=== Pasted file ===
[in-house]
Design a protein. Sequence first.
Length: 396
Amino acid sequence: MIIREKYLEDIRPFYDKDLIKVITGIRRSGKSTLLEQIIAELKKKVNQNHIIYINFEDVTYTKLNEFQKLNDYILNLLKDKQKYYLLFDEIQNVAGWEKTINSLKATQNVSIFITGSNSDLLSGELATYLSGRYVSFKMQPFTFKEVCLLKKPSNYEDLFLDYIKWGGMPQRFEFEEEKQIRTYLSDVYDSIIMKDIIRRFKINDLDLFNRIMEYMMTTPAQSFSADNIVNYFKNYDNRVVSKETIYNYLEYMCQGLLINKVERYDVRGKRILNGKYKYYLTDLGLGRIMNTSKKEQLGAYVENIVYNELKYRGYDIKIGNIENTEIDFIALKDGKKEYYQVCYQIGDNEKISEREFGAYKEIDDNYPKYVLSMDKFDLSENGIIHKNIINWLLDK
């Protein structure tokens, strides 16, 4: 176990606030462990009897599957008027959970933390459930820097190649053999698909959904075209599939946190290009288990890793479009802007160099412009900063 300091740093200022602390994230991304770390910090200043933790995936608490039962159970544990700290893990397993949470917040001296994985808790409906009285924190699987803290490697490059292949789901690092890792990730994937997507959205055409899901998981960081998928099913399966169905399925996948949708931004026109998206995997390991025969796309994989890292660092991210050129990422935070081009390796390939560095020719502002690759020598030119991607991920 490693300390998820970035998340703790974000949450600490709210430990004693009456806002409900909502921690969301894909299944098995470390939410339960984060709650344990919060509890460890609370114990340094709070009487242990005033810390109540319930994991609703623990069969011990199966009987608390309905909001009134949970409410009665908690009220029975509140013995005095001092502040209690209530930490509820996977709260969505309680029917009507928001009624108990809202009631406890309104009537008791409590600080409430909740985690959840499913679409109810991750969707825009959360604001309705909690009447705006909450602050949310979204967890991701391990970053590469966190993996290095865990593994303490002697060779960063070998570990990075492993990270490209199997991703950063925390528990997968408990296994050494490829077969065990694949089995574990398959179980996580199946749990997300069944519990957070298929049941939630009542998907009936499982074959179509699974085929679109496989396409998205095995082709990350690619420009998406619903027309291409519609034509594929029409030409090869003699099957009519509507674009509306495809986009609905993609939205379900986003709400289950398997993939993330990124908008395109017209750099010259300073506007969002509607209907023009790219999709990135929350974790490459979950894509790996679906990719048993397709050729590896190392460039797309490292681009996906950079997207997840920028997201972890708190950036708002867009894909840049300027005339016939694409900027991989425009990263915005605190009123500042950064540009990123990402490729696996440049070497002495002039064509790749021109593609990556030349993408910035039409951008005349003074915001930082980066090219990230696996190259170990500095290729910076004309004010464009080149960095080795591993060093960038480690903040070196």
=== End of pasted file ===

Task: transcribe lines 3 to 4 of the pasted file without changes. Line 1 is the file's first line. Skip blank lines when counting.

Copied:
Length: 396
Amino acid sequence: MIIREKYLEDIRPFYDKDLIKVITGIRRSGKSTLLEQIIAELKKKVNQNHIIYINFEDVTYTKLNEFQKLNDYILNLLKDKQKYYLLFDEIQNVAGWEKTINSLKATQNVSIFITGSNSDLLSGELATYLSGRYVSFKMQPFTFKEVCLLKKPSNYEDLFLDYIKWGGMPQRFEFEEEKQIRTYLSDVYDSIIMKDIIRRFKINDLDLFNRIMEYMMTTPAQSFSADNIVNYFKNYDNRVVSKETIYNYLEYMCQGLLINKVERYDVRGKRILNGKYKYYLTDLGLGRIMNTSKKEQLGAYVENIVYNELKYRGYDIKIGNIENTEIDFIALKDGKKEYYQVCYQIGDNEKISEREFGAYKEIDDNYPKYVLSMDKFDLSENGIIHKNIINWLLDK